Belfast's first e-business incubator has just opened in the Springvale Education Village, the pioneering peaceline initiative involving Ulster University and the Belfast Institute of Further and Higher Education.
The £1.3 million Synergy eBusiness Incubator (SeBI) stems from a partnership between UU and e-business services company ICL. It has won funding from the European special support programme for peace and reconciliation, the government industrial research and technology unit and the international fund for Ireland.
Sir Reg Empey, Northern Ireland's minister for enterprise, trade and investment, said the incubator was aimed at helping establish about 20 e-businesses over the next three years, creating about 100 jobs.
"I understand that five new companies, including two spin-off companies from the University of Ulster, have already entered the incubator, resulting in the creation of 11 full-time jobs, in addition to five full-time positions created within the incubator itself."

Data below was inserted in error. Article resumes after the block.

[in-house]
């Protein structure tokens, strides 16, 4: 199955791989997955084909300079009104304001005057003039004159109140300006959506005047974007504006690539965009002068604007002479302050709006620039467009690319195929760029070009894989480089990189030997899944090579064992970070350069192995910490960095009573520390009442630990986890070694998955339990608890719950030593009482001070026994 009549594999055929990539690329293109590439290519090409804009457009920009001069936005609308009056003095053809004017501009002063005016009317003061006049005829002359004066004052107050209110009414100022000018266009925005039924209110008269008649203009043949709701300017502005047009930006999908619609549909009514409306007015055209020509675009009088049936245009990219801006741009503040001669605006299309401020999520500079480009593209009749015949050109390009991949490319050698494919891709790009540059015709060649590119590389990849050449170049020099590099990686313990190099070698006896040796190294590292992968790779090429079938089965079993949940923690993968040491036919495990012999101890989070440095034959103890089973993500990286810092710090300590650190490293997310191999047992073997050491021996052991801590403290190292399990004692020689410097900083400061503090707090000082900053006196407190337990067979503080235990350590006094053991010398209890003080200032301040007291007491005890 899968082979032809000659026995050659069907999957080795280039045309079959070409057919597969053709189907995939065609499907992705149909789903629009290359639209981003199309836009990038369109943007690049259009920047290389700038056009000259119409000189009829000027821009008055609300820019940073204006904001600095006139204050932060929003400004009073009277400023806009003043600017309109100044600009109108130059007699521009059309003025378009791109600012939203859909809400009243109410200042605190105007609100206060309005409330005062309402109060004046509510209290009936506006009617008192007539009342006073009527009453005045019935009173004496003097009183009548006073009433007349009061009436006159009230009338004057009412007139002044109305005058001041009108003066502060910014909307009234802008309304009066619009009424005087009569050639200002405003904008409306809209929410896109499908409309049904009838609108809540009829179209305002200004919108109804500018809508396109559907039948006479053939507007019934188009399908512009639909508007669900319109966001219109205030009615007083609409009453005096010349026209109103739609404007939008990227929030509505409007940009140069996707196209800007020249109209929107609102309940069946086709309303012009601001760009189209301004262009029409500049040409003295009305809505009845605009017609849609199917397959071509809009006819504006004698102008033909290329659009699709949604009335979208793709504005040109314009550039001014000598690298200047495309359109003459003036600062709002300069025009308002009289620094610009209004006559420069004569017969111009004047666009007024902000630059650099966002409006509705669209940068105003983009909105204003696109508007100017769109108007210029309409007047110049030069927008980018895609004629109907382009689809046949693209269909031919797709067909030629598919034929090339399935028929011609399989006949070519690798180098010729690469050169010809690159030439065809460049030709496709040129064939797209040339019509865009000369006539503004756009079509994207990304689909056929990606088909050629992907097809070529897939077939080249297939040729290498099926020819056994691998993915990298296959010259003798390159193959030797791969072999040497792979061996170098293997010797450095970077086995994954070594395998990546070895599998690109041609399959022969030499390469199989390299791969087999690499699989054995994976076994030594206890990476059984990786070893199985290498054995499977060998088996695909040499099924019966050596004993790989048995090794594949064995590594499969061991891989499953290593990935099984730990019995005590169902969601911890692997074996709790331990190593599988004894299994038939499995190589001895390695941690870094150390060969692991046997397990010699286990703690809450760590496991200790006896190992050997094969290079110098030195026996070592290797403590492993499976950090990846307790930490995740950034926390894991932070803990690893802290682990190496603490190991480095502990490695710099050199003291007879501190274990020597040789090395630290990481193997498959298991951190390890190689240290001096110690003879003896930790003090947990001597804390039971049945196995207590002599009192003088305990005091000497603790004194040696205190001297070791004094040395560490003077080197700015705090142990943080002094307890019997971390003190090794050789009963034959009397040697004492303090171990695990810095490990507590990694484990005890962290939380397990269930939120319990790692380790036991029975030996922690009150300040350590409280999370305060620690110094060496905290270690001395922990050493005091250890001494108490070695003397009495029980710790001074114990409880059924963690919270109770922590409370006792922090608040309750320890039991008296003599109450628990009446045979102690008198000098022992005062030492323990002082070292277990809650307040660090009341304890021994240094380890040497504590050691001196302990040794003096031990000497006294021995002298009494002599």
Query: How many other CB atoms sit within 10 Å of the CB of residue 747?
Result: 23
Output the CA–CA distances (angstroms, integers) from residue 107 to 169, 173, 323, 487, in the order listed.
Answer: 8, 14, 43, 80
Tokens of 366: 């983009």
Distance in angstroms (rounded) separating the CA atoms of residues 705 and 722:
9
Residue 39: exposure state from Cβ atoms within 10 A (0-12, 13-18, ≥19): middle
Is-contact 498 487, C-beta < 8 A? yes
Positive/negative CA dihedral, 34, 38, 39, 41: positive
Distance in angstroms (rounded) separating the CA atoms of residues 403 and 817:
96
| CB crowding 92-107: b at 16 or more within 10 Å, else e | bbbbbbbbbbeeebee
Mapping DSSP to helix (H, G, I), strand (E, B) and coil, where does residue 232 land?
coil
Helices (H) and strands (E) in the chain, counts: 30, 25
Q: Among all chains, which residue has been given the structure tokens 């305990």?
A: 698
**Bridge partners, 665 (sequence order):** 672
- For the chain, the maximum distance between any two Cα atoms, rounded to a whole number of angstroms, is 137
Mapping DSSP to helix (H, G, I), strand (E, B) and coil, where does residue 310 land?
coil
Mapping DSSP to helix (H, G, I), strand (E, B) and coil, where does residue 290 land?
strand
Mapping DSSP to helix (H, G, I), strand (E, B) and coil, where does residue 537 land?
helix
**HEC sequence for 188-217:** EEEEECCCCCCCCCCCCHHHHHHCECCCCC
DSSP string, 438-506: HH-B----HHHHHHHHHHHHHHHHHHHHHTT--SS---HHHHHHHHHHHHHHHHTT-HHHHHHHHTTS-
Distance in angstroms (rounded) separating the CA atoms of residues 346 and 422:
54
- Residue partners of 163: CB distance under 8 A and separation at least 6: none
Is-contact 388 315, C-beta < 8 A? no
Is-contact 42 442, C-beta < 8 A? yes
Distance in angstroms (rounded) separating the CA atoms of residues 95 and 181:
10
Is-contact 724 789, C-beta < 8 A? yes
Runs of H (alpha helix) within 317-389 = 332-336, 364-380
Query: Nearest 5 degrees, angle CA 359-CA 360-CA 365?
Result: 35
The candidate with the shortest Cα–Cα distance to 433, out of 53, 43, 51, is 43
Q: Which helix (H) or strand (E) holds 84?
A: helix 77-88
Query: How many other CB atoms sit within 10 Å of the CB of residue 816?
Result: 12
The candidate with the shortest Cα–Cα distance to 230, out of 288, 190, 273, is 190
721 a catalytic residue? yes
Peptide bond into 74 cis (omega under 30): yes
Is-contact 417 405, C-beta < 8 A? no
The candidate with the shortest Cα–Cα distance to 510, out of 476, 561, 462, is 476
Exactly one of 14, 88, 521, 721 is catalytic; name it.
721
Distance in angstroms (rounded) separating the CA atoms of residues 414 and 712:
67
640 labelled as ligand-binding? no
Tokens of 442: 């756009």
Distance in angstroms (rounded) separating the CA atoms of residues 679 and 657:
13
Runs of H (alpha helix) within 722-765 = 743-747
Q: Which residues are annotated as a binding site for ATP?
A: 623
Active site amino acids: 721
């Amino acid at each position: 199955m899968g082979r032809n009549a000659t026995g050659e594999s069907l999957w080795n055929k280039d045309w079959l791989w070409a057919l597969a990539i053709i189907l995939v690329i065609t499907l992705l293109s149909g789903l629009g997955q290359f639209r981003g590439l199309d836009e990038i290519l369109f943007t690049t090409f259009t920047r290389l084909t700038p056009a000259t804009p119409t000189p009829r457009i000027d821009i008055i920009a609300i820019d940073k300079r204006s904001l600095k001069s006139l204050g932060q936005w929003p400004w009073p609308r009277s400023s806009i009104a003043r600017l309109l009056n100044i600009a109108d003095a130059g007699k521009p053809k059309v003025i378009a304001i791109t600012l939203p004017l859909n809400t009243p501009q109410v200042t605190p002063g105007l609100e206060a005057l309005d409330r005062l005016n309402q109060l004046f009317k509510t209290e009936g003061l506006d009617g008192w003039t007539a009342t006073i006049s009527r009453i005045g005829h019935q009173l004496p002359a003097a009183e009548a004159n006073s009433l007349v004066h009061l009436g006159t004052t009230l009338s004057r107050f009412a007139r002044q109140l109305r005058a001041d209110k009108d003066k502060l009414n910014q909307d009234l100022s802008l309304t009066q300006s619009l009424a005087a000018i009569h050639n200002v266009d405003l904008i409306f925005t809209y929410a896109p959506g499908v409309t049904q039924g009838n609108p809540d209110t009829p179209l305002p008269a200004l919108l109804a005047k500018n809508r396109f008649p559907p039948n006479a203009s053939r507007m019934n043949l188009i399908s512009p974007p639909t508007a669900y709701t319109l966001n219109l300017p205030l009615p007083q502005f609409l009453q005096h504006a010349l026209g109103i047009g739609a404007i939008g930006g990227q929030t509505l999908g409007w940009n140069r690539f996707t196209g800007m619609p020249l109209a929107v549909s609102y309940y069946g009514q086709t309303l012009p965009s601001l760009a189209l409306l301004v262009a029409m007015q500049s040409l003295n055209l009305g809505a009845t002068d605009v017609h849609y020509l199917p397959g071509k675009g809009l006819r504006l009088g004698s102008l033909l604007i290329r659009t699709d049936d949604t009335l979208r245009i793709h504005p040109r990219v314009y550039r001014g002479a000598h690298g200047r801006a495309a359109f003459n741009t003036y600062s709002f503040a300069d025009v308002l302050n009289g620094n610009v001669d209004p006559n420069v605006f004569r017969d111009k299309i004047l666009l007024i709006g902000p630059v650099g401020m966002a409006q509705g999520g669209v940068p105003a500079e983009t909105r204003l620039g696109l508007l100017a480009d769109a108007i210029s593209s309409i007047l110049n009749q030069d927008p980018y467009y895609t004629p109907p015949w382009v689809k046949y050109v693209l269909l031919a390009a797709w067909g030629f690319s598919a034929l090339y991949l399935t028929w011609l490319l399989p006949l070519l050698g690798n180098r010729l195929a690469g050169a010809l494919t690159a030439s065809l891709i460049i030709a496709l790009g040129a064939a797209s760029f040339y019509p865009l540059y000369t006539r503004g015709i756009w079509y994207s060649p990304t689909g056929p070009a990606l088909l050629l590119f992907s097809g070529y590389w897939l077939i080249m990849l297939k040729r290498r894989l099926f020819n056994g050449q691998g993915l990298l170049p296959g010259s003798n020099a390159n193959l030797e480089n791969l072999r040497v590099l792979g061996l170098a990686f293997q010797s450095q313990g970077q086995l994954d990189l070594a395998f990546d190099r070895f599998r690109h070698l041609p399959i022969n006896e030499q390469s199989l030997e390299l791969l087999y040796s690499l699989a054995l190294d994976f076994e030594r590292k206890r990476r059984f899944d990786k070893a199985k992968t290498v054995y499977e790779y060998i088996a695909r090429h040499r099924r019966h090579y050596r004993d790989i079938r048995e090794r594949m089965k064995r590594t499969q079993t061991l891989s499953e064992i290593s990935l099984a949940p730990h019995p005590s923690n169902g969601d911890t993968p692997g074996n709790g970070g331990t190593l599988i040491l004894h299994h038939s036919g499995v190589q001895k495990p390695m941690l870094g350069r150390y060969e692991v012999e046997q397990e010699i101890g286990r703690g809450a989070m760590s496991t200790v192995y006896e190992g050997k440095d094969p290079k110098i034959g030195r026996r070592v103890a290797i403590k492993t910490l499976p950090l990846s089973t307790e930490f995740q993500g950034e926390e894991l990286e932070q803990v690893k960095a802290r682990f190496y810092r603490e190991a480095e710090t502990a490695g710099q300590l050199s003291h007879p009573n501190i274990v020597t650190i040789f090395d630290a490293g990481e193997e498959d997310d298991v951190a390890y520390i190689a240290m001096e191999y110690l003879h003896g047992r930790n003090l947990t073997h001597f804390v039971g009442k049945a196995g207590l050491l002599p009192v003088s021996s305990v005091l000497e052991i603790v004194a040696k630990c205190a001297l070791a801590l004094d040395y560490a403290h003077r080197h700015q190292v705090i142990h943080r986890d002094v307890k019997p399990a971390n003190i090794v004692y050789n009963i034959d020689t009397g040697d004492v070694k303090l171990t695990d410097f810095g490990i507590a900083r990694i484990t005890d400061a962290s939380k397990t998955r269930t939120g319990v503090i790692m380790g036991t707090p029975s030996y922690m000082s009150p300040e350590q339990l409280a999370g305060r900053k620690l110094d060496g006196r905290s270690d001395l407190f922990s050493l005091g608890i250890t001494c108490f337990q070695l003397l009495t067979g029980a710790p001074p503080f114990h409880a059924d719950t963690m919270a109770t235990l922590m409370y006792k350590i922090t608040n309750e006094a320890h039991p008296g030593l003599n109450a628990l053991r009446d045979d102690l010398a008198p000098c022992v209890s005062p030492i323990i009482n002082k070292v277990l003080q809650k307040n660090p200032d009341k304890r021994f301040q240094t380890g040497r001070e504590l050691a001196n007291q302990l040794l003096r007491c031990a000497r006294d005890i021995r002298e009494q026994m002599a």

Gerry McKenna, UU's vice-chancellor, said the incubator would form an integral part of the university's technology transfer process, bridging the gap between research and commercial success.
"The incubator will undoubtedly flourish in the vibrant environment of a new educational village campus dedicated to teaching and lifelong learning, through provision of accessible and innovative study programmes designed to meet real needs," he said.
"It will benefit from the vitality brought by the unique partnership between the university and ICL and will be an important driver in the creation of a knowledge-based economy in Northern Ireland," he said.
Springvale Village will have an applied research centre, drawing on UU's existing work in bio-engineering and bio-medicine, along with multimedia applications.